Report No. 159
3.5. Ministry of Finance (Department of Revenue).-
Through their letter dated 21-10-1997, the Ministry had informed the Law Commission that the Department has constituted an Expert Group for the purpose of identifying the obsolete laws and the amendments needed in the existing enactments. It was stated that an interim Report would be sent to the Commission shortly. On 13-2-98, the Commission received a communication stating that the Expert Group is of the unanimous view that out of the said 30 Acts (being administered by the Department) the following six Acts can be abrogated:
1. Benami Transactions (Prohibition) Act, 1988.
2. Central Excise Laws (Amendment & Validation) Act, 1982.
3. Sugar (Special Excise Duty) Act, 1959.
4. Mineral Products (Additional Duties of Excise & Customs) Act, 1958.
5. Central Duties of Excise (Retrospective Exemption) Act, 1986, and
6. Customs & Excise Revenue Appellate Tribunal Act, 1986.
Since no reasons were stated as to why aforesaid six Acts are required to be repealed, the Law Commission addressed a letter dated 4.3.98 asking the Department to state reasons for which the said Acts, in its opinion are to be repealed. By their letter dated April 3, 1998, the Ministry has informed the Commission that "the Benami Transactions (Prohibition) Act, 1988 was recommended to be abrogated since no notification bringing the Act into force has been issued so far". On verification, however, the Commission finds that the above ground is not correct.
As a matter of fact, section 1(3) of the Act says that sections 3, 5 and 8 will come into force at once and that the remaining provisions will be deemed to have come into force on 19th May, 1988. In fact, there have been two decisions of the Supreme Court on the provisions of this Act namely, Mithilesh Kumari, AIR 1989 SC 1247 and R. Rajagopal Reddy, AIR 1996 SC 238 see para 5). The Commission, therefore, cannot agree that this Act requires to be repealed. Indeed, this Act serves a very laudable objective. The Sugar (Special Excise Duty) Act, 1959 was confined to stocks which were available with the factories on the date of commencement of the Act. It has no further application. It can be repealed as suggested.
So far as the Central Excise Laws (Amendment and Validation) Act, 1982 is concerned, the Commission finds on a perusal of the provisions of the Act that it was enacted for the purpose of providing the manner in which exemption notifications should be issued under "every Central Law providing for the levy and collection of any duty of excise which makes the provisions of the Central Excise Act and Rules made thereunder applicable by reference to the levy and collection of the duty and excise under such Central Law". The Act further seeks to validate several exemption notifications issued earlier which may not have cited or referred to the relevant provisions of the Act or the Rules under which or with reference to which they were issued.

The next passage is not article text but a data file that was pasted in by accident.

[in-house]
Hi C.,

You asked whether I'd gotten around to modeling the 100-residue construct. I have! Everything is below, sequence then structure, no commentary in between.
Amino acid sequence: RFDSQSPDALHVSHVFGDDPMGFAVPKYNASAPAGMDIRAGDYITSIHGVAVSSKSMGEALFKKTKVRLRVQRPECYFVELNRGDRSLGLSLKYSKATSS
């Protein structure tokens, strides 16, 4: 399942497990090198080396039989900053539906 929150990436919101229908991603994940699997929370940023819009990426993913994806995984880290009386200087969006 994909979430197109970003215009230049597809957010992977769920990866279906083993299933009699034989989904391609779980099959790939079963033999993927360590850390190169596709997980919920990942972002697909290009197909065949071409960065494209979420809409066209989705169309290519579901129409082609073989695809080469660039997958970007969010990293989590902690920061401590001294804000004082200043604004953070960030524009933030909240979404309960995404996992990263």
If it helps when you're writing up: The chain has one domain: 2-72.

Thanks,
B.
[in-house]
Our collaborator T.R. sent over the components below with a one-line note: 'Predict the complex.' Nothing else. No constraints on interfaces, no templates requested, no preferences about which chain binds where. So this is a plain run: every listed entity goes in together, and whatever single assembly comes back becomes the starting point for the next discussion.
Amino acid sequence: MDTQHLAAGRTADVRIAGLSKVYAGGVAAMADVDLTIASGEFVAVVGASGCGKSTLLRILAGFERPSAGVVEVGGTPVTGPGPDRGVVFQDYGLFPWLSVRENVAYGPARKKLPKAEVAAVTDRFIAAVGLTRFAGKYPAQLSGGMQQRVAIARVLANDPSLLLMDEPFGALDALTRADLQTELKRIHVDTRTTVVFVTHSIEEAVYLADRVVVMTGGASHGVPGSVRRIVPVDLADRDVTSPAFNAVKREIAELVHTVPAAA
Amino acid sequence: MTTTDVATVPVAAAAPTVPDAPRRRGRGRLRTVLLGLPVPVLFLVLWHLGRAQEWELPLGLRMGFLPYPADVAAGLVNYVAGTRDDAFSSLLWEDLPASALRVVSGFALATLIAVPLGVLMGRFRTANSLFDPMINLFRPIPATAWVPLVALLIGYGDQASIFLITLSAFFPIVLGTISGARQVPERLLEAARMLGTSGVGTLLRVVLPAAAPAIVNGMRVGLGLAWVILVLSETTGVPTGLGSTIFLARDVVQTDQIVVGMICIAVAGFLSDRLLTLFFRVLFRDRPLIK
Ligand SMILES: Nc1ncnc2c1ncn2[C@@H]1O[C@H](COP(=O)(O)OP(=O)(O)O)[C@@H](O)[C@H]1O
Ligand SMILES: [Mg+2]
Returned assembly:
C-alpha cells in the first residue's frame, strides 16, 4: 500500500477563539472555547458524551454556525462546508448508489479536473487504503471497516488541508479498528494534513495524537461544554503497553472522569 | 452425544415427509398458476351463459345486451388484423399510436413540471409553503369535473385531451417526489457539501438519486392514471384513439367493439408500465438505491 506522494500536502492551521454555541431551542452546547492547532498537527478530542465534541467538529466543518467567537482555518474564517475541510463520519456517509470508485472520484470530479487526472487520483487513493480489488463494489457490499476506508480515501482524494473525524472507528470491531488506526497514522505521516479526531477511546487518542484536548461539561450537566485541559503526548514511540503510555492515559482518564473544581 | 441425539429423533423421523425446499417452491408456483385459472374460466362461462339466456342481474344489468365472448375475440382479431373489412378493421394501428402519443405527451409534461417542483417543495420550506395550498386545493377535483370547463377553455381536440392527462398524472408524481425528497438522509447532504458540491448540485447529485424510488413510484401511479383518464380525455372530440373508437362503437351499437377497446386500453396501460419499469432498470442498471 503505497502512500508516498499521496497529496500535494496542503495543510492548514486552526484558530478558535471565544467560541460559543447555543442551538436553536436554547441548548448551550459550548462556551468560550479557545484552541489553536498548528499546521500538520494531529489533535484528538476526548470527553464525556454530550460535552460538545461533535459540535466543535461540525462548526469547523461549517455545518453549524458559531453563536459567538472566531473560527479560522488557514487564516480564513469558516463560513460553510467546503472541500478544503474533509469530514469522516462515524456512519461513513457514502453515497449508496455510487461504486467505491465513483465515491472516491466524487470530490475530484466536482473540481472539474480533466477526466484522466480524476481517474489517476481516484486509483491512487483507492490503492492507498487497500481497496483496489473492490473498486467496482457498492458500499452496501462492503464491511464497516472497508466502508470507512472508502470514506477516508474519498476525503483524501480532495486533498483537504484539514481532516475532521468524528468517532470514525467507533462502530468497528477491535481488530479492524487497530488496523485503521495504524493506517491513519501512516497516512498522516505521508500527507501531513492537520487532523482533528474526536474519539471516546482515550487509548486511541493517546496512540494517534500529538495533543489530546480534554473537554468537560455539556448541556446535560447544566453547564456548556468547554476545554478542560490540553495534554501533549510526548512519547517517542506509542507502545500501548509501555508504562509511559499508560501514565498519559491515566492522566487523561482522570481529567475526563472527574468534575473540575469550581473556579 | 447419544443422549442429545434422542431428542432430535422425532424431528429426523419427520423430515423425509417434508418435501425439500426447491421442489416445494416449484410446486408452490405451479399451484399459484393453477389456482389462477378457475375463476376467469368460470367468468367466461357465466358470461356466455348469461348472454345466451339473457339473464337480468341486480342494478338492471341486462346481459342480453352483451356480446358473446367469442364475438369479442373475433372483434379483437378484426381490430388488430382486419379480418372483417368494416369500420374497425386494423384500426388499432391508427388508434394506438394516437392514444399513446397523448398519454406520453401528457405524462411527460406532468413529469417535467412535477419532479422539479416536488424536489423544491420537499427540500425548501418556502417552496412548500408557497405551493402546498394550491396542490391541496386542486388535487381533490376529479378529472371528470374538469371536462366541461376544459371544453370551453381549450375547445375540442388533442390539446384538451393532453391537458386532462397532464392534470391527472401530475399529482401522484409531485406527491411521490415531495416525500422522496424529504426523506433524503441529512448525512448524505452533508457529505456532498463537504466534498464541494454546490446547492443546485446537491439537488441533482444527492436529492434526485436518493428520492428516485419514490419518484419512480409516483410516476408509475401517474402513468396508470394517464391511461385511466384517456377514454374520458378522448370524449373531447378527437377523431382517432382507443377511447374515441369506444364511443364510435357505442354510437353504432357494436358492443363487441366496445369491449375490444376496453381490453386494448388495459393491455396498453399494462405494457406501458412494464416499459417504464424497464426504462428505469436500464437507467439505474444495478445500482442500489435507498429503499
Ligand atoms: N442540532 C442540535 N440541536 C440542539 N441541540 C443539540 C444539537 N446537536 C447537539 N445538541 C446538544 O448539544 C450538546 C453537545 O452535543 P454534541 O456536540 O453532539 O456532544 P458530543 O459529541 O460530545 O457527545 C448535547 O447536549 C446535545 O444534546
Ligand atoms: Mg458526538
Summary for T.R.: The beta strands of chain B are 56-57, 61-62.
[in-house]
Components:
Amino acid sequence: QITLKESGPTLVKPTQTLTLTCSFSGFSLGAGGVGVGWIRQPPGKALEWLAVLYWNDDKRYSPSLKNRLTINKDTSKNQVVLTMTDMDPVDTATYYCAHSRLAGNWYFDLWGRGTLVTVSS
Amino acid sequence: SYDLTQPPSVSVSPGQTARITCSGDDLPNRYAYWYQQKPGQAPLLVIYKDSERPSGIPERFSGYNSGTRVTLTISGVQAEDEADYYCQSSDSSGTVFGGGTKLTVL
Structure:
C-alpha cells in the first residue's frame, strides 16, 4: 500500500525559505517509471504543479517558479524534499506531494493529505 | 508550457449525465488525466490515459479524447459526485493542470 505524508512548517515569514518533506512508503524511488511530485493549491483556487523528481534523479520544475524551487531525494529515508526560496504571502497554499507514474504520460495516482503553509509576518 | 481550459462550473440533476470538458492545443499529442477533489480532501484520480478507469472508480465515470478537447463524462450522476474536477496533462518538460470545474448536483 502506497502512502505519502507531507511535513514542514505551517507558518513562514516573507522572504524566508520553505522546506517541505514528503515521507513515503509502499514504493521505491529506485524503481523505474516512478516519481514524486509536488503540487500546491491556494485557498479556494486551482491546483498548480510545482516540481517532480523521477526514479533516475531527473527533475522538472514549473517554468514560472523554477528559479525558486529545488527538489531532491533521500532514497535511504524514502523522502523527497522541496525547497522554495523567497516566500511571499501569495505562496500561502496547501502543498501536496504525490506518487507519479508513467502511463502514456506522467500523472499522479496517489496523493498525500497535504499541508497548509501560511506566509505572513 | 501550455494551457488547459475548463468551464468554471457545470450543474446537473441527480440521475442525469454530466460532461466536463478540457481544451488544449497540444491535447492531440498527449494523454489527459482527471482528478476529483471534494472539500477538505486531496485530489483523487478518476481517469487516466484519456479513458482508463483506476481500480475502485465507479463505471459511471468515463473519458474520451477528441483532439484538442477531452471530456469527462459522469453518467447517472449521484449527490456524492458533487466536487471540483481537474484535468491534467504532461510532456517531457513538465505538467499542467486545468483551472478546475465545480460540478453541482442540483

It is not known whether any disputes are pending with respect to the exemption notifications which are validated by sub-section (4) of section 2 of this Act. So far as the sub-sections (2) and (3) of section 2 are concerned, they merely prescribe the mode and manner in which the exemption notifications under certain Central Laws [referred to in sub-section (2) of section 2] shall be issued. In the circumstances, it is difficult to agree that this Act can be repealed without further verification. Only if it is found on due verification that no disputes or litigation is pending with respect to the notifications which were validated by sub-section (4) of section 2 that this Act can be repealed.
So far as the Mineral Products (Additional Duties of Excise and Customs) Act, 1958 is concerned, it appears that the said Act pertained to a limited period namely, the period commencing on 1-4-59 and ending on 31-10-59. This Act can, therefore, be repealed with a specific provision that anything done or any action taken thereunder shall continue to be good and valid. Similarly, the Central Duties of Excise (Retrospective Exemption) Act, 1986 appears to be confined to Notifications issued during a particular period (3-3-36 to 8-8-36) giving them retrospective effect.
This Act can also be repealed subject to a specific provision that anything done thereunder or any action taken thereunder shall continue to be good and valid. The Commission agrees with the reasons given for repealing the Customs and Excise Revenue Appellate Tribunal Act 1986. In view of the judgment of the Supreme Court in L. Chandra Kumar and also because an appeal is now provided directly to Supreme Court against the Orders of the CEGAT concerning matters of valuation and classification, this Act can be said to be unnecessary and may be repealed.
3.6. (i) Department of Supply
(ii) Department of Ocean Development
(iii) Ministry of Non-Conventional Energy Sources
The above three Departments have stated that they are not administering any Acts and, therefore, no question arises of any proposals being formulated for repeal or amendment. The Department of Supply, however, expressed certain practical difficulties in the matter of conduct of arbitration of disputes arising out of contracts entered into by the DGS&D. Though the difficulties pointed out appear to be real and urgent, it is not a matter upon which this Commission is expected to offer any comments.